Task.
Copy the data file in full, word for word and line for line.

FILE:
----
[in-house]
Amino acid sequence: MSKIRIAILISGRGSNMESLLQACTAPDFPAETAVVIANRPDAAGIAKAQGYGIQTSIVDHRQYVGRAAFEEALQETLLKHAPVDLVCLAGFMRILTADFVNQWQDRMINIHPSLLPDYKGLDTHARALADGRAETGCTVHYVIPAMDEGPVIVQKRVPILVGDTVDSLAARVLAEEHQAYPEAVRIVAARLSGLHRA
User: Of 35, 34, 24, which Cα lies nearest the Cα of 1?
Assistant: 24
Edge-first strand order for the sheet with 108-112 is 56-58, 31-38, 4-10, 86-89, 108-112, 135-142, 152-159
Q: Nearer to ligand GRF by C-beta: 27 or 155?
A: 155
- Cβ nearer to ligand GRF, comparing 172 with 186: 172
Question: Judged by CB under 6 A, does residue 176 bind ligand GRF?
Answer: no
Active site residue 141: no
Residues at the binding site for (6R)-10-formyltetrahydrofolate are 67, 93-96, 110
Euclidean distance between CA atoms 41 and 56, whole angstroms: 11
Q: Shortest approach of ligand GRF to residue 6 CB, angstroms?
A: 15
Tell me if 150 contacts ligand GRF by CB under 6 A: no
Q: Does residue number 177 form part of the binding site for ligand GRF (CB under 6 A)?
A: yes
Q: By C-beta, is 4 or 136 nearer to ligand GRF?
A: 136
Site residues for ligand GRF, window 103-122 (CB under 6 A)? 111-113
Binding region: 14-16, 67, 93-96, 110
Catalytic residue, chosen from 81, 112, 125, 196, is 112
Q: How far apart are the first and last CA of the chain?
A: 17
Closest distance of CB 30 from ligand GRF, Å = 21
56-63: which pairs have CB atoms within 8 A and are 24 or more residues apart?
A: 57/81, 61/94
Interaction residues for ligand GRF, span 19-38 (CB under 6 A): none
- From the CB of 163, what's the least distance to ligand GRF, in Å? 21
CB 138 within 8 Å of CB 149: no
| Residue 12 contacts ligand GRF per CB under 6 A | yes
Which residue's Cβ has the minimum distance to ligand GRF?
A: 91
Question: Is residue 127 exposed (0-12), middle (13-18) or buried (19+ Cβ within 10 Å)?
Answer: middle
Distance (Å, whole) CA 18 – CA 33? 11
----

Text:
[in-house]
Amino acid sequence: MSKIRIAILISGRGSNMESLLQACTAPDFPAETAVVIANRPDAAGIAKAQGYGIQTSIVDHRQYVGRAAFEEALQETLLKHAPVDLVCLAGFMRILTADFVNQWQDRMINIHPSLLPDYKGLDTHARALADGRAETGCTVHYVIPAMDEGPVIVQKRVPILVGDTVDSLAARVLAEEHQAYPEAVRIVAARLSGLHRA
User: Of 35, 34, 24, which Cα lies nearest the Cα of 1?
Assistant: 24
Edge-first strand order for the sheet with 108-112 is 56-58, 31-38, 4-10, 86-89, 108-112, 135-142, 152-159
Q: Nearer to ligand GRF by C-beta: 27 or 155?
A: 155
- Cβ nearer to ligand GRF, comparing 172 with 186: 172
Question: Judged by CB under 6 A, does residue 176 bind ligand GRF?
Answer: no
Active site residue 141: no
Residues at the binding site for (6R)-10-formyltetrahydrofolate are 67, 93-96, 110
Euclidean distance between CA atoms 41 and 56, whole angstroms: 11
Q: Shortest approach of ligand GRF to residue 6 CB, angstroms?
A: 15
Tell me if 150 contacts ligand GRF by CB under 6 A: no
Q: Does residue number 177 form part of the binding site for ligand GRF (CB under 6 A)?
A: yes
Q: By C-beta, is 4 or 136 nearer to ligand GRF?
A: 136
Site residues for ligand GRF, window 103-122 (CB under 6 A)? 111-113
Binding region: 14-16, 67, 93-96, 110
Catalytic residue, chosen from 81, 112, 125, 196, is 112
Q: How far apart are the first and last CA of the chain?
A: 17
Closest distance of CB 30 from ligand GRF, Å = 21
56-63: which pairs have CB atoms within 8 A and are 24 or more residues apart?
A: 57/81, 61/94
Interaction residues for ligand GRF, span 19-38 (CB under 6 A): none
- From the CB of 163, what's the least distance to ligand GRF, in Å? 21
CB 138 within 8 Å of CB 149: no
| Residue 12 contacts ligand GRF per CB under 6 A | yes
Which residue's Cβ has the minimum distance to ligand GRF?
A: 91
Question: Is residue 127 exposed (0-12), middle (13-18) or buried (19+ Cβ within 10 Å)?
Answer: middle
Distance (Å, whole) CA 18 – CA 33? 11